You all know my success story, plus the bumps along the way. After deciding to give things another go after the money fandango, we're back on track, and we're finally getting our own place next month. Which I am, of course, so fucking happy about. I did take my engagement ring off when it all happened, and haven't put it back on since. I know moving in together is a big enough step, but it just doesn't feel right to commit to getting married at the moment. Maybe it will again someday. Right now, I'm happy to move forward as we are.
See, during my work experience, I was made to do things that were not only dangerous, but also highly illegal. I had to clean the stock room, which involved climbing a ladder (hello health and safety!) and other things I couldn't/shouldn't have done. We filled in a questionnaire afterwards, and I said all of this, but nothing was done about it. My school was pretty shit, and they didn't give a shit. And the shop manager was a horrid woman. What 15 year old really knows what they want to do? It's rare. So work experience is usually a colossal waste of time.
I keep drifting in and out of the Saxon series. I like the books and fine them easy to read, but they never really grip me. Burial Rites by Hannah Kent is a fantastic example of decent historical fiction. It draws on real life with the right amount of imagination on behalf of the author. I recently reread it and loved it all over again.
I just finishing rereading Wolf Winter by Cecilia Ekback. I love this book, it's beautiful. Downloaded The Unnamed Midwife on Kindle Unlimited (hello free trial). It's meant to be similar to Atwood's Handmaiden's Tale, which I loved, so I have high hopes.
I ended up working in a shop. Our school gave us the option to find our own placement, or to stay at school and help a teacher during that week. They provided zero help in finding a placement. Nobody wants a snotty 15 year old in their workplace. So I ended up folding jumpers for a week in a clothes shop. What did I learn? That I'm not cut out for retail.
Sorry, but who the hell can survive on 20 hours a week these days? My SO is out the house for 12hours a day, I'm out for almost 10. We work full time hours because we have to, we wouldn't be able to afford shit if we didn't. So yeah, I'd like to be able to work less or no hours at a job I don't particularly enjoy. My SO would probably keep working.
I'm in the same camp as Nestor. I work a job that isn't the best, but I value the security it gives me. Would I rather sit at home and write or read or twiddle my thumbs while receiving a steady income? Hell yes. I have severe health problems and chronic pain, so there are days I wonder if I'm going to be able to sit in traffic for an hour, work for 9 hours, then sit in traffic for an hour again. I do what I can to ease my pain, but it's not ideal. I speak to shitty customers and deal with their crap all day. Nothing is particularly exciting about my job. I don't value any of that. So why do I work? To pay for the basics, of course. I'm currently putting half my pay into savings in order to move into a new place. I run my car, buy my food, pay my bills, and use what little I have left over to enjoy myself. However, I know myself, and there's no way I'd sit at home twiddling my thumbs for long. I'd keep writing, take lower paid/unpaid jobs for the experience (oh wait, I did that), volunteer, etc etc. Not all who don't value working or particularly want to work are lazy.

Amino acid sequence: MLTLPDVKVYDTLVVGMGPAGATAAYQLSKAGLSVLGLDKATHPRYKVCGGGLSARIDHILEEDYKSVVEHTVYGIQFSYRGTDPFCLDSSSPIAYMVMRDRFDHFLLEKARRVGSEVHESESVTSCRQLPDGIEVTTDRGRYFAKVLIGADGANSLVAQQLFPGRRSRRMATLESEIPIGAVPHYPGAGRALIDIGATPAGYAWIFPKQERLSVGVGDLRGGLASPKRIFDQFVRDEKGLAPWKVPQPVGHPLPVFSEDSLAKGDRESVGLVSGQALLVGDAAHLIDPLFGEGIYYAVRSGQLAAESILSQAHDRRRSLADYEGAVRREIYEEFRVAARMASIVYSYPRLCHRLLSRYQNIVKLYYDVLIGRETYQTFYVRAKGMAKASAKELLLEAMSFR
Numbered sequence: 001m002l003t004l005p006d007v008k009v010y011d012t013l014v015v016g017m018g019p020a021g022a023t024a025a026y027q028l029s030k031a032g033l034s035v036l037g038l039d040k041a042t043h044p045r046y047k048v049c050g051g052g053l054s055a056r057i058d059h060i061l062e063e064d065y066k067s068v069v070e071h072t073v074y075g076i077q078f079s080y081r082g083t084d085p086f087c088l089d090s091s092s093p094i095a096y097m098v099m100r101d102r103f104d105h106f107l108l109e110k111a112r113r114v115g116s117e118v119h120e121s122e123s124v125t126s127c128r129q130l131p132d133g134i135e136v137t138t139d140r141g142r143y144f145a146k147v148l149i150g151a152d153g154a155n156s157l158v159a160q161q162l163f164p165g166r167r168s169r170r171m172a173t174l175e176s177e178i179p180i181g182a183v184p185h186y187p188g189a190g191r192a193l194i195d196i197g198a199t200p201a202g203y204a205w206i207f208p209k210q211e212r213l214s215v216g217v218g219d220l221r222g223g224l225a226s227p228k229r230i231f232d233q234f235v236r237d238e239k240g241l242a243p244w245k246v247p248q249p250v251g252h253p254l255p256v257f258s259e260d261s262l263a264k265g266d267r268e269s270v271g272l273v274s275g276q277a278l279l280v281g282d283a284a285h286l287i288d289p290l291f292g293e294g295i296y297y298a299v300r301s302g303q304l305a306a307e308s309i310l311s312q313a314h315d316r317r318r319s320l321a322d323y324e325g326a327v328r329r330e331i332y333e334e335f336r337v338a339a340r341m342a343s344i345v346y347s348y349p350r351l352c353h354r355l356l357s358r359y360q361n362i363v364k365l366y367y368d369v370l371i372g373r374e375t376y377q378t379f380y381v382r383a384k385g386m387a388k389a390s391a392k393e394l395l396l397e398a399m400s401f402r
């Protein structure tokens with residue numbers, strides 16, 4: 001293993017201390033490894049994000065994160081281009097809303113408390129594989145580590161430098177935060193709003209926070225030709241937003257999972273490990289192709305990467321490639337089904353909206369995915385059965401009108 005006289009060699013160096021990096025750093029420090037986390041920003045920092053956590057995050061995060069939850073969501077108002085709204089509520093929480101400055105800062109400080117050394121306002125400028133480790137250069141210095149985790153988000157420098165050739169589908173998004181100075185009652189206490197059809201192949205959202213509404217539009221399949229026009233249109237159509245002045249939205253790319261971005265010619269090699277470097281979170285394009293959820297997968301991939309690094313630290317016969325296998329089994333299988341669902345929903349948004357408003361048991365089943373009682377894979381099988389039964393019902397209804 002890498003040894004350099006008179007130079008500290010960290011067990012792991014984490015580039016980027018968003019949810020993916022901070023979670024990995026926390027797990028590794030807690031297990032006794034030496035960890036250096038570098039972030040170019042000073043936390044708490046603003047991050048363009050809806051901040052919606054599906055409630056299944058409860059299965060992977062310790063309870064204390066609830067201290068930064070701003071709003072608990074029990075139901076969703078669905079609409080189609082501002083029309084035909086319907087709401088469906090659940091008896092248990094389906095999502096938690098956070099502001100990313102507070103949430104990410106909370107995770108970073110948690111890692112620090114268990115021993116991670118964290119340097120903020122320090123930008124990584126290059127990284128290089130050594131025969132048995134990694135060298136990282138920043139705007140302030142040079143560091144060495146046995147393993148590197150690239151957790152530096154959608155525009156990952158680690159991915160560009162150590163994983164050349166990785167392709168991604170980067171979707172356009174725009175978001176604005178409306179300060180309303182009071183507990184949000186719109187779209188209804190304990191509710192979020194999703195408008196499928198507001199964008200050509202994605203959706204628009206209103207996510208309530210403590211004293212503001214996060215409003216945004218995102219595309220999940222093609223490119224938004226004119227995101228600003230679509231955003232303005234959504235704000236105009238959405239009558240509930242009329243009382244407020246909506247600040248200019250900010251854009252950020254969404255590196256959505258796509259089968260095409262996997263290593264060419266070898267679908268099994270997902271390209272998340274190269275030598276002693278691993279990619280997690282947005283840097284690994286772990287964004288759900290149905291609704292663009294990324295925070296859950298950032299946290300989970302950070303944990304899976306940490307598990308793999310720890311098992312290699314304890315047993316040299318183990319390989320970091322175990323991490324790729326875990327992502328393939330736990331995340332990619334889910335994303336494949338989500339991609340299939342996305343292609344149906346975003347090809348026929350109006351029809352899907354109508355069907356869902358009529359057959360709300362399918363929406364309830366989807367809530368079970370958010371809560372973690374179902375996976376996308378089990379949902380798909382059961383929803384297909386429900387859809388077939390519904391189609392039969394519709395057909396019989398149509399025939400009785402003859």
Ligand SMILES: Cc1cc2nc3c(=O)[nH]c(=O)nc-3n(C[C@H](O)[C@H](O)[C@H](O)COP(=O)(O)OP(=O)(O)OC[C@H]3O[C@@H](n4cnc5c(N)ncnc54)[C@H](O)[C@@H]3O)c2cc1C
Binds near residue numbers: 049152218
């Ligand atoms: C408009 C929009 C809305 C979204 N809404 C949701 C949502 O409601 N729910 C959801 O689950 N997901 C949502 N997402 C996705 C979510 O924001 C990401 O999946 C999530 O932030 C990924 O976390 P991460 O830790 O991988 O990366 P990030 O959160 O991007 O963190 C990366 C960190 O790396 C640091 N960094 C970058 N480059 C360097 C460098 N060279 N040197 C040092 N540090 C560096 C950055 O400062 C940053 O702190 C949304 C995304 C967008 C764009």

I started rereading Burial Rites by Hannah Kent. Set in Iceland in the 1800s, it follows Agnes, sentenced to die for the murder of her lover. It's the best in historical fiction; I adore this book, and highly recommend it. It's beautifully crafted, harrowing yet wonderful. It was my choice for an article I did on #thisbook, to celebrate female authors, a couple of years ago, and it still continues to impress me. It also fits the winter theme very well.
I see it a lot, feminists "not being consistent". It's ridiculous, but a common complaint.
As for Femen, I love them. I love their fierceness, their confidence, their strength. I love what they stand for and how they stand for it. I love their passion. I personally think we need to be more aggressive sometimes, in order to be heard (but I am aware that not everyone would agree with me - and also, I wish it wasn't necessary).
Under the Dome was... boring. I really enjoy the TV show, but the book just never seemed to get off the ground. That being said, his style is fairly easy to read, and so it was still somewhat enjoyable.
Read Misery in a couple of sittings. A brilliant concept, well-written; King definitely gives you characters to remember, and the need to keep reading on. Reckon I'll start Doctor Sleep this afternoon.